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Tuesday, March 15, 2011

Bariatric (Weight Loss) Surgery

The American Heart Association just issued a statement that the benefits of bariatric (weight loss) surgery may outnumber the risks in some obese patients. Weight loss surgery is usually performed on men who are at least 100 pounds overweight and women who are at least 80 pounds overweight. (National Institute of Diabetes and Digestive and Kidney Diseases)

There are four types of operations that are commonly offered in the United States: adjustable gastric band (AGB), Roux-en-Y gastric bypass (RYGB), biliopancreatic diversion with a duodenal switch (BPD-DS), and vertical sleeve gastrectomy (VSG).

Here are the descriptions of each type of surgery from the National Institute of Diabetes and Digestive and Kidney Diseases-NIDDK (there's a link at the end of these descriptions to the NIDDK web site):

Adjustable Gastric Band AGB works primarily by decreasing food intake. Food intake is limited by placing a small bracelet-like band around the top of the stomach to produce a small pouch about the size of a thumb. The outlet size is controlled by a circular balloon inside the band that can be inflated or deflated with saline solution to meet the needs of the patient.

Roux-en-Y Gastric Bypass RYGB works by restricting food intake and by decreasing the absorption of food. Food intake is limited by a small pouch that is similar in size to the adjustable gastric band. In addition, absorption of food in the digestive tract is reduced by excluding most of the stomach, duodenum, and upper intestine from contact with food by routing food directly from the pouch into the small intestine.

Biliopancreatic Diversion With a Duodenal Switch BPD-DS, usually referred to as a “duodenal switch,” is a complex bariatric operation that principally includes 1) removing a large portion of the stomach to promote smaller meal sizes, 2) re-routing of food away from much of the small intestine to partially prevent absorption of food, and 3) re-routing of bile and other digestive juices which impair digestion.

In removing a large portion of the stomach, a more tubular “gastric sleeve” (also known as a vertical sleeve gastrectomy, or VSG) is created.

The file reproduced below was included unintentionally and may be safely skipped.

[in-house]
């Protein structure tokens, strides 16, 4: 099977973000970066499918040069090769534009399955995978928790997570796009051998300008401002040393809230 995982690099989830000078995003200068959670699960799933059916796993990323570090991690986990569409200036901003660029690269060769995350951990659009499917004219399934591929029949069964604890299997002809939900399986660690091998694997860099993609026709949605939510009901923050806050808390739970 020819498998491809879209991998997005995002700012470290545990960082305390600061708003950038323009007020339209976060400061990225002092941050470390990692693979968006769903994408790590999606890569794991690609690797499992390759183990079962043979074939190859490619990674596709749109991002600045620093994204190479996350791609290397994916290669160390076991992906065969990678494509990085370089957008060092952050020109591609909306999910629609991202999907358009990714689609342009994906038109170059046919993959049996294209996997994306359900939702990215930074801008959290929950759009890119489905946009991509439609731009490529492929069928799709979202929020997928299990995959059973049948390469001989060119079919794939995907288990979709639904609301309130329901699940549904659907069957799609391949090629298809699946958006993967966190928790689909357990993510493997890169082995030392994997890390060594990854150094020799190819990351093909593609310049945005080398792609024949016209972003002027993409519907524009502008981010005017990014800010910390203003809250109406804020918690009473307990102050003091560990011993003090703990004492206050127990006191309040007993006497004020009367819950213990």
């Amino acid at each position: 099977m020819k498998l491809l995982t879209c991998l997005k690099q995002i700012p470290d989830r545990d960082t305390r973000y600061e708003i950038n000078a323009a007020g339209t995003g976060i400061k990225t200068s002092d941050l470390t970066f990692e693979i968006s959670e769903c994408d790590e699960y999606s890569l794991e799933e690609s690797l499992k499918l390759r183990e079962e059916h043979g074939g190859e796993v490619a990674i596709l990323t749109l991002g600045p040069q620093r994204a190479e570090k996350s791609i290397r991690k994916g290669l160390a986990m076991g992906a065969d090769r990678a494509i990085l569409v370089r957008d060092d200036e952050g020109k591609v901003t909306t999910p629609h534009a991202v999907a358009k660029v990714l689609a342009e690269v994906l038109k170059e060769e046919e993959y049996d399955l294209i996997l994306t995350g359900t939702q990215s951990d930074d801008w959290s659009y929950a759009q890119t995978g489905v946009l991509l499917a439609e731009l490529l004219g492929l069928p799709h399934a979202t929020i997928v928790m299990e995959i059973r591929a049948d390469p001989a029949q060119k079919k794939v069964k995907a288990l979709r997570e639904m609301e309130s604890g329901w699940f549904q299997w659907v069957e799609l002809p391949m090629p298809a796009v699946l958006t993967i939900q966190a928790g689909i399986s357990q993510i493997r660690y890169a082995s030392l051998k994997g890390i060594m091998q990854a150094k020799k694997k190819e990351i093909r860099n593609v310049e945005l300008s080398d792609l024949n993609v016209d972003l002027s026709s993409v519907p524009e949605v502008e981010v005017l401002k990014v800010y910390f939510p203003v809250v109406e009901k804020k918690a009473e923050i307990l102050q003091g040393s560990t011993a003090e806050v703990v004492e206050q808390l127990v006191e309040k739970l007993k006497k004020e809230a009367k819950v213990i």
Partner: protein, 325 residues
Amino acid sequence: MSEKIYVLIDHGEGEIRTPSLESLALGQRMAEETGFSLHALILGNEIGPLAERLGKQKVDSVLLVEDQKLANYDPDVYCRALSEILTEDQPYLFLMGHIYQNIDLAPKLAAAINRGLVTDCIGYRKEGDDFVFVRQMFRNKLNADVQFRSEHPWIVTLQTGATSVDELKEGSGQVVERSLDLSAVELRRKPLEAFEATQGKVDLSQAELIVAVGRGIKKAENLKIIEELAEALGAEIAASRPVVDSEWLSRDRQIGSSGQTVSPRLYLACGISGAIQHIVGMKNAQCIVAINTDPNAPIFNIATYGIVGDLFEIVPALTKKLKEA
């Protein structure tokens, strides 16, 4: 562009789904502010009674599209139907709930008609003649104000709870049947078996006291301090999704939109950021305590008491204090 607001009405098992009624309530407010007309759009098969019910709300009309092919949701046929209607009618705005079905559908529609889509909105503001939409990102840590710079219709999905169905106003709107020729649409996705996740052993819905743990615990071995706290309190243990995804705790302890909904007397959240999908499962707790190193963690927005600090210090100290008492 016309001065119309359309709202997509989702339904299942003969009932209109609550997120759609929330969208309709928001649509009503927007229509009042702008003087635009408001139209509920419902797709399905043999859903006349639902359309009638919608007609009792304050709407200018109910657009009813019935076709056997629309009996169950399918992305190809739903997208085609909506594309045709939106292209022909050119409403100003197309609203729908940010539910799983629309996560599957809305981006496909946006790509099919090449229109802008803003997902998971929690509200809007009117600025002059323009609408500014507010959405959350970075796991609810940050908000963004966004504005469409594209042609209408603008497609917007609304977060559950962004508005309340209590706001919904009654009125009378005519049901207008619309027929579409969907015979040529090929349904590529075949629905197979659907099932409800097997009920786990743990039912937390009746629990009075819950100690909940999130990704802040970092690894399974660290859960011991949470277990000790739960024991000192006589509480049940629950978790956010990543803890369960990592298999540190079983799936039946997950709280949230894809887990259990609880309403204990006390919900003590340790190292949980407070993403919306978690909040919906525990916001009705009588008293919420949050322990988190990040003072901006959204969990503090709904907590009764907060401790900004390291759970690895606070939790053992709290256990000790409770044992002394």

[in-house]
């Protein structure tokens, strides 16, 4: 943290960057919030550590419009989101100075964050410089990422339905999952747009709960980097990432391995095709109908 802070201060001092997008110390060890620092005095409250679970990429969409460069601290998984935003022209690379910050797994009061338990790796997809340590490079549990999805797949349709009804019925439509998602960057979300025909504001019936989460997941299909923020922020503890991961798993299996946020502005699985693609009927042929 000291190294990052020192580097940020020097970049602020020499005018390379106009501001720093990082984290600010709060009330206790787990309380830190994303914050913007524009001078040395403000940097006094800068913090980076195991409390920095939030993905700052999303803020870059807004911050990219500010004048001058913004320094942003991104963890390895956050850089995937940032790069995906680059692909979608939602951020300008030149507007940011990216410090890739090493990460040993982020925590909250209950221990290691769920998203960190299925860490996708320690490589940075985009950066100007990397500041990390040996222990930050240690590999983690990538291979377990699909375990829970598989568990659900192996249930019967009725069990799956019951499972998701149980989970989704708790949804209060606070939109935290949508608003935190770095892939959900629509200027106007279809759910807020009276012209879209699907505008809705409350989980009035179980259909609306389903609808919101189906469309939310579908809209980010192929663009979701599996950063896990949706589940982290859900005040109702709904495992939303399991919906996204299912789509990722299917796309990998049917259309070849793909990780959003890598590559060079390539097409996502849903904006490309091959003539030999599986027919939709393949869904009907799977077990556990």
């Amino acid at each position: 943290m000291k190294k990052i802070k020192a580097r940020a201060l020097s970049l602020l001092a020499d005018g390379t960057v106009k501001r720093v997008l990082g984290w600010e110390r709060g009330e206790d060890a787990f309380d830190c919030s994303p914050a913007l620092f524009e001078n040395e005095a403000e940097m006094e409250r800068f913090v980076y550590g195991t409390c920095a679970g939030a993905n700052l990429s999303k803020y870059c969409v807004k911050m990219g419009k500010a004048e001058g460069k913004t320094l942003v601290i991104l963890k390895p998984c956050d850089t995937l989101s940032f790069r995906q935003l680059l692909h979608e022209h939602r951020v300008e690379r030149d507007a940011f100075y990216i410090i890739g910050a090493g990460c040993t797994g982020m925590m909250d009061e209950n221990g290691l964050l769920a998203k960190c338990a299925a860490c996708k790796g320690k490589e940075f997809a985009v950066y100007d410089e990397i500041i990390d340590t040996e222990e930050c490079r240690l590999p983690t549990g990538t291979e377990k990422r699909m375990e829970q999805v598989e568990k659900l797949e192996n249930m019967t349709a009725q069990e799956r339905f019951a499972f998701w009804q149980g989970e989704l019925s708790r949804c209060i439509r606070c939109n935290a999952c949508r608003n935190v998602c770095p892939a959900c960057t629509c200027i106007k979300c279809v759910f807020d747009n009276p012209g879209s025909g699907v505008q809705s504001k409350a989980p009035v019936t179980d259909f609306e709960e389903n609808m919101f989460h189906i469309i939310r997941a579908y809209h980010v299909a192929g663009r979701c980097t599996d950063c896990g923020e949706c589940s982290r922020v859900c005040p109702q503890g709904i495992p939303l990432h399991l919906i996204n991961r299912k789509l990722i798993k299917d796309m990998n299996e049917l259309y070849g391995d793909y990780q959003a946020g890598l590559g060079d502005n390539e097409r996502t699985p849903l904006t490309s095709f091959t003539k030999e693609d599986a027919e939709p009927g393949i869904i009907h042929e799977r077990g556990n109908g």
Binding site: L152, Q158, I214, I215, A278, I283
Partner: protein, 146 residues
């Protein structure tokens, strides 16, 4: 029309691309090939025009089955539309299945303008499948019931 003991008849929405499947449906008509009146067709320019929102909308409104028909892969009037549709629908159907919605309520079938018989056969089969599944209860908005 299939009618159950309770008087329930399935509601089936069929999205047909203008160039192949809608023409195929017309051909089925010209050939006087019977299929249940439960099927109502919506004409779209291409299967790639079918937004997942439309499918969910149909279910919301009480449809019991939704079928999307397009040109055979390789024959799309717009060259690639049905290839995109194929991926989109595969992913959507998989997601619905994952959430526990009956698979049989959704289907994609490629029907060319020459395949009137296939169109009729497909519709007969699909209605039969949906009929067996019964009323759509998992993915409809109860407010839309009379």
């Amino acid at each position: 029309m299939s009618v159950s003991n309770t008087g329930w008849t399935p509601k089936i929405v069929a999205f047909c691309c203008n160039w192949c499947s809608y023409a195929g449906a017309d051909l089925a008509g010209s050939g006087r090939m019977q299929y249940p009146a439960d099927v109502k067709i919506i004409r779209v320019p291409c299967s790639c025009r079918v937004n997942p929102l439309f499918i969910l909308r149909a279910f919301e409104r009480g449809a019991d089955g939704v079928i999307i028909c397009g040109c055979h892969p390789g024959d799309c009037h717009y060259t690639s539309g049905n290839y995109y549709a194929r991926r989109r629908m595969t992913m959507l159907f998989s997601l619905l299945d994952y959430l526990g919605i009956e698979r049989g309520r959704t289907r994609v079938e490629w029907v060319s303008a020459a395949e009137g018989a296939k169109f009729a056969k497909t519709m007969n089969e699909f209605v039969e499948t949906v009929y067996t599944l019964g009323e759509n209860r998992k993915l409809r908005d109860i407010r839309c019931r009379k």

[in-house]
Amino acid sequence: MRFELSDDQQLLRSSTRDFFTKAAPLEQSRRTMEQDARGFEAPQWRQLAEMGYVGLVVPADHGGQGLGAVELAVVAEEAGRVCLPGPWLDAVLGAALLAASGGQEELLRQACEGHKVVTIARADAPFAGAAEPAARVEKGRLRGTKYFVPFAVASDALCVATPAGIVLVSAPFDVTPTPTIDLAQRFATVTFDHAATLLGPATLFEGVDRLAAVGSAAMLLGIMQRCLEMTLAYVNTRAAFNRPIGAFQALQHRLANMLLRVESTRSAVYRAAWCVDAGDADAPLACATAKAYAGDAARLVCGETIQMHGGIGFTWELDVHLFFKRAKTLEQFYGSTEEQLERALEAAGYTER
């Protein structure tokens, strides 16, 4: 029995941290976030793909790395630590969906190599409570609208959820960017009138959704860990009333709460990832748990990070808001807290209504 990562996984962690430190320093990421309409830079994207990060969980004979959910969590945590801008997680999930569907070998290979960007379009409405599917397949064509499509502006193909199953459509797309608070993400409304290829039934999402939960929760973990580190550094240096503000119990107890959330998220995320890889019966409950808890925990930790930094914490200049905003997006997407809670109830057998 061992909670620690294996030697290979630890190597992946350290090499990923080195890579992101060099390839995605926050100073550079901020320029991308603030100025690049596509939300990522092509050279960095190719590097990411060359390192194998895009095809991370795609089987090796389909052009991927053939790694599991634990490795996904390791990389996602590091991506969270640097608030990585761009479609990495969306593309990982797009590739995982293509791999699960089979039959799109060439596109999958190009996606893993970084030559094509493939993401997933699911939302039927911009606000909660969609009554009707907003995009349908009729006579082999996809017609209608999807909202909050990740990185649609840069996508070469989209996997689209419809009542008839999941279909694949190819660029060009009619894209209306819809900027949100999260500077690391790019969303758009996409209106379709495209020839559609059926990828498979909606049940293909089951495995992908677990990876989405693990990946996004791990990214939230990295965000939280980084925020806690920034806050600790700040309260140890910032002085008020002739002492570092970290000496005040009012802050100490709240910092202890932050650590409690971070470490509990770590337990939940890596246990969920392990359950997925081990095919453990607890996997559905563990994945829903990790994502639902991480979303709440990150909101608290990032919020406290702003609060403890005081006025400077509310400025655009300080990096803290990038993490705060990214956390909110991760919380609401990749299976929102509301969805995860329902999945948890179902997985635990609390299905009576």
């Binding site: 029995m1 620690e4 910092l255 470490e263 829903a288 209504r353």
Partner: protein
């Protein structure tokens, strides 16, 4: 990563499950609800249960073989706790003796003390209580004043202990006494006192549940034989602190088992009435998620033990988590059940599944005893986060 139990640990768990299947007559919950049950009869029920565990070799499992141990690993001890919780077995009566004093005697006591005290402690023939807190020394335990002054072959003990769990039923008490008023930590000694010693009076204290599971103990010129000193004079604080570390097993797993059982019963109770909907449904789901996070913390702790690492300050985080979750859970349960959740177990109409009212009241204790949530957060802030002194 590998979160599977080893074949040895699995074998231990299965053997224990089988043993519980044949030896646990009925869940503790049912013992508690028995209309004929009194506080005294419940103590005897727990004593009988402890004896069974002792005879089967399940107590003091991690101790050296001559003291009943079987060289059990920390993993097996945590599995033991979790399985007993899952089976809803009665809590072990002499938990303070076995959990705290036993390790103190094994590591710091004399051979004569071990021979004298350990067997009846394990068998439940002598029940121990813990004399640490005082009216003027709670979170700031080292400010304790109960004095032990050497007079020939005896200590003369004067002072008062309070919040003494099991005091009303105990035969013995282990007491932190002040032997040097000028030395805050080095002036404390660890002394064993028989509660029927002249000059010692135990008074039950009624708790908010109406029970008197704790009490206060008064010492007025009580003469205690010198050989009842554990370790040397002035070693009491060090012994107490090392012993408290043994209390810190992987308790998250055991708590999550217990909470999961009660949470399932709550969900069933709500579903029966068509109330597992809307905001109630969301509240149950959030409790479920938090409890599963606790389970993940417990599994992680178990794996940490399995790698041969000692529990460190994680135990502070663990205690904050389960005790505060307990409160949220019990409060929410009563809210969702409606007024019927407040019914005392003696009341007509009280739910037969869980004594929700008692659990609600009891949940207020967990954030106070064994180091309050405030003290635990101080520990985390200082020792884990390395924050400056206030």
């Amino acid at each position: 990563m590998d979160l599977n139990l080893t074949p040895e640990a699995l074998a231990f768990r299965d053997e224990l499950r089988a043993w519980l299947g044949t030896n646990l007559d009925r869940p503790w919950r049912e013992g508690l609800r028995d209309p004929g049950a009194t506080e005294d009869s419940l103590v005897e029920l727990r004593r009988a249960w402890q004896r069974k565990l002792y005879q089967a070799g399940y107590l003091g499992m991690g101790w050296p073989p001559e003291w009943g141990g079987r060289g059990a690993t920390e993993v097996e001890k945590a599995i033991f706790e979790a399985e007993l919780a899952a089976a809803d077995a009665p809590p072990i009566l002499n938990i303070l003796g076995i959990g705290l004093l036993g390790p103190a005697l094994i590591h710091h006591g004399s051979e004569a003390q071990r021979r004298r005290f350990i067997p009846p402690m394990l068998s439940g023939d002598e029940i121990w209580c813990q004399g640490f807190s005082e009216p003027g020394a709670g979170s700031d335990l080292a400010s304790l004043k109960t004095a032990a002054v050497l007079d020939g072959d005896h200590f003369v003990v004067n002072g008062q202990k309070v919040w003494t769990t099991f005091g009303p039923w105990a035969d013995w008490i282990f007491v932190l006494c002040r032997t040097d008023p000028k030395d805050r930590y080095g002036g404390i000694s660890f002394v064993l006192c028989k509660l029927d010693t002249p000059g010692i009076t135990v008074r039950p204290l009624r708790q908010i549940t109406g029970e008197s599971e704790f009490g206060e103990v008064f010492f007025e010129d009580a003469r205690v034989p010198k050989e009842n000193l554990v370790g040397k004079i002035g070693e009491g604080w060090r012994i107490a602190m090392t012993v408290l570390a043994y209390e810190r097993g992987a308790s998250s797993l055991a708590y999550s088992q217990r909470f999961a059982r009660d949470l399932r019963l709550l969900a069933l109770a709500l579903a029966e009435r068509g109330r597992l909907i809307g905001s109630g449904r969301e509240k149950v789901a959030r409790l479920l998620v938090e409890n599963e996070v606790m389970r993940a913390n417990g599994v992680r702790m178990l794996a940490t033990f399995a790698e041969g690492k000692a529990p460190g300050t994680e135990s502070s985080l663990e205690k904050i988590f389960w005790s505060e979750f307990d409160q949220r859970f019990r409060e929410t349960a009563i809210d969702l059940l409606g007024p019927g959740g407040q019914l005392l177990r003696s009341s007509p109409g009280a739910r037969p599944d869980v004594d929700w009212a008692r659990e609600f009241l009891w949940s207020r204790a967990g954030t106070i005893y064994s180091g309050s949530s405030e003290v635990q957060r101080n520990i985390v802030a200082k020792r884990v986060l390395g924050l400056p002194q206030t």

The smaller stomach sleeve remains connected to a very short segment of the duodenum, which is then directly connected to a lower part of the small intestine. This operation leaves a small portion of the duodenum available for food and the absorption of some vitamins and minerals.
However, food that is eaten by the patient bypasses the majority of the duodenum. The distance between the stomach and colon is made much shorter after this operation, thus promoting malabsorption. BPD-DS produces significant weight loss. However, there is greater risk of long-term complications because of decreased absorption of food, vitamins, and minerals.

Vertical Sleeve Gastrectomy VSG historically had been performed only as the first stage of BPD-DS (see above) in patients who may be at high risk for complications from more extensive types of surgery. These patients’ high risk levels are due to body weight or medical conditions. However, more recent information indicates that some patients who undergo a VSG can actually lose significant weight with VSG alone and avoid a second procedure. It is not yet known how many patients who undergo VSG alone will need a second stage procedure. A VSG operation restricts food intake and does not lead to decreased absorption of food. However, most of the stomach is removed, which may decrease production of a hormone called ghrelin. A decreased amount of ghrelin may reduce hunger more than other purely restrictive operations, such as gastric band.

(For more information on these types of surgeries and to see diagrams of each one, check out Bariatric Surgery for Severe Obesity from the NIDDK.

If you’re interested in reading the complete American Heart Association Statement, check out Bariatric Surgery and Cardiovascular Risk Factors

Other links you might find helpful:

Gastric Bypass Surgery: Who Is It For? (Mayo Foundation for Medical Education and Research)

Gastric Bypass Surgery (Mayo Foundation for Medical Education and Research)

Weight Loss Surgery (UpToDate)

Calculate Your Body Mass Index (National Heart, Lung, and Blood Institute)


  1. Some patients who undergo bariatric gastrointestinal surgery lose more than 100 pounds of weight - some lose as much as 200 pounds. Some bariatric surgeons accept patients in their 60's, and some even operate on teenagers.

  2. Bariatric loss surgery for overweight people to regain their health, and by extension, their lives. Obese patients who continue to work after the new, healthy lifestyle, find themselves greatly reduced the risk of disease. Perhaps equally important, who experience a lot of weight, many people feel better about themselves, their appearance, and their future.